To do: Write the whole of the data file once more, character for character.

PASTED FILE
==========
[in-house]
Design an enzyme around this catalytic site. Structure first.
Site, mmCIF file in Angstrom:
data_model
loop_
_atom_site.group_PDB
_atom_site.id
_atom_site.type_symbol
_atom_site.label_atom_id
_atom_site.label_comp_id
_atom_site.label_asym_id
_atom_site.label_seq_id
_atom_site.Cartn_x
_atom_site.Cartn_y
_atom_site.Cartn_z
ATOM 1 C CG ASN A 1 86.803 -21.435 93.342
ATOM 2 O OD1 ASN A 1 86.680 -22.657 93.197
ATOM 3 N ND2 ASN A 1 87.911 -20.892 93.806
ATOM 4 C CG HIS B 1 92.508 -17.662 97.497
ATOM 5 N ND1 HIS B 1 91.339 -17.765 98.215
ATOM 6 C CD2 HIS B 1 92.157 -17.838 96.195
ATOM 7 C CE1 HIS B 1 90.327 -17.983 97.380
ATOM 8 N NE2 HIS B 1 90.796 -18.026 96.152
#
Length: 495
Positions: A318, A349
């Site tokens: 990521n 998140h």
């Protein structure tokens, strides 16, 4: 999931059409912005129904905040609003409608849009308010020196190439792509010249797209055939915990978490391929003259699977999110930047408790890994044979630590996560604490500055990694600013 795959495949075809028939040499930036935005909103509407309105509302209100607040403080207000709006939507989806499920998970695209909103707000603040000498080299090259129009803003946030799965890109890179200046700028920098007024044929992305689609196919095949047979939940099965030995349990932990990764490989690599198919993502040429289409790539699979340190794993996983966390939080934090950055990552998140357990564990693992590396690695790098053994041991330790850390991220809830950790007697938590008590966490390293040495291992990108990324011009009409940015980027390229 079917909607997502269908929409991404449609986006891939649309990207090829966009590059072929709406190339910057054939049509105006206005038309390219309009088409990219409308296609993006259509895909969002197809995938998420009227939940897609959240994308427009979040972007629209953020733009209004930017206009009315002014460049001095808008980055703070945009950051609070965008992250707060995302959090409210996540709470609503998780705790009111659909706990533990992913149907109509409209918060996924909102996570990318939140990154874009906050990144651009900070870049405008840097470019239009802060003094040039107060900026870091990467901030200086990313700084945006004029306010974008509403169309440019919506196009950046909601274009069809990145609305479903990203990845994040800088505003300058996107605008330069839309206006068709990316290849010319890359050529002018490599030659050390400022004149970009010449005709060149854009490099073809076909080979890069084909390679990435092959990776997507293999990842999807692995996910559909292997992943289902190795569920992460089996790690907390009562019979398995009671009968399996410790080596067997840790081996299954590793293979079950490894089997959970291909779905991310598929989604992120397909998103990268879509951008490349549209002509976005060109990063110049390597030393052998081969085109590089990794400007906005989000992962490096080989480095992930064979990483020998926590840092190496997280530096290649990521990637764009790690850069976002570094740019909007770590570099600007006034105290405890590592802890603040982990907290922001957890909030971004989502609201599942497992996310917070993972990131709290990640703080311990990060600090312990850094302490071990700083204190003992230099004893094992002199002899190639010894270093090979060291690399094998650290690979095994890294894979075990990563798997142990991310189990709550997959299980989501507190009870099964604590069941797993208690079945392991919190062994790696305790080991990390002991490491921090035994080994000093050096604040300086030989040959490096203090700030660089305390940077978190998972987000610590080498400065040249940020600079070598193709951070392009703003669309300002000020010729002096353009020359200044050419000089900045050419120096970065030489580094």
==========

[in-house]
Design an enzyme around this catalytic site. Structure first.
Site, mmCIF file in Angstrom:
data_model
loop_
_atom_site.group_PDB
_atom_site.id
_atom_site.type_symbol
_atom_site.label_atom_id
_atom_site.label_comp_id
_atom_site.label_asym_id
_atom_site.label_seq_id
_atom_site.Cartn_x
_atom_site.Cartn_y
_atom_site.Cartn_z
ATOM 1 C CG ASN A 1 86.803 -21.435 93.342
ATOM 2 O OD1 ASN A 1 86.680 -22.657 93.197
ATOM 3 N ND2 ASN A 1 87.911 -20.892 93.806
ATOM 4 C CG HIS B 1 92.508 -17.662 97.497
ATOM 5 N ND1 HIS B 1 91.339 -17.765 98.215
ATOM 6 C CD2 HIS B 1 92.157 -17.838 96.195
ATOM 7 C CE1 HIS B 1 90.327 -17.983 97.380
ATOM 8 N NE2 HIS B 1 90.796 -18.026 96.152
#
Length: 495
Positions: A318, A349
């Site tokens: 990521n 998140h």
């Protein structure tokens, strides 16, 4: 999931059409912005129904905040609003409608849009308010020196190439792509010249797209055939915990978490391929003259699977999110930047408790890994044979630590996560604490500055990694600013 795959495949075809028939040499930036935005909103509407309105509302209100607040403080207000709006939507989806499920998970695209909103707000603040000498080299090259129009803003946030799965890109890179200046700028920098007024044929992305689609196919095949047979939940099965030995349990932990990764490989690599198919993502040429289409790539699979340190794993996983966390939080934090950055990552998140357990564990693992590396690695790098053994041991330790850390991220809830950790007697938590008590966490390293040495291992990108990324011009009409940015980027390229 079917909607997502269908929409991404449609986006891939649309990207090829966009590059072929709406190339910057054939049509105006206005038309390219309009088409990219409308296609993006259509895909969002197809995938998420009227939940897609959240994308427009979040972007629209953020733009209004930017206009009315002014460049001095808008980055703070945009950051609070965008992250707060995302959090409210996540709470609503998780705790009111659909706990533990992913149907109509409209918060996924909102996570990318939140990154874009906050990144651009900070870049405008840097470019239009802060003094040039107060900026870091990467901030200086990313700084945006004029306010974008509403169309440019919506196009950046909601274009069809990145609305479903990203990845994040800088505003300058996107605008330069839309206006068709990316290849010319890359050529002018490599030659050390400022004149970009010449005709060149854009490099073809076909080979890069084909390679990435092959990776997507293999990842999807692995996910559909292997992943289902190795569920992460089996790690907390009562019979398995009671009968399996410790080596067997840790081996299954590793293979079950490894089997959970291909779905991310598929989604992120397909998103990268879509951008490349549209002509976005060109990063110049390597030393052998081969085109590089990794400007906005989000992962490096080989480095992930064979990483020998926590840092190496997280530096290649990521990637764009790690850069976002570094740019909007770590570099600007006034105290405890590592802890603040982990907290922001957890909030971004989502609201599942497992996310917070993972990131709290990640703080311990990060600090312990850094302490071990700083204190003992230099004893094992002199002899190639010894270093090979060291690399094998650290690979095994890294894979075990990563798997142990991310189990709550997959299980989501507190009870099964604590069941797993208690079945392991919190062994790696305790080991990390002991490491921090035994080994000093050096604040300086030989040959490096203090700030660089305390940077978190998972987000610590080498400065040249940020600079070598193709951070392009703003669309300002000020010729002096353009020359200044050419000089900045050419120096970065030489580094």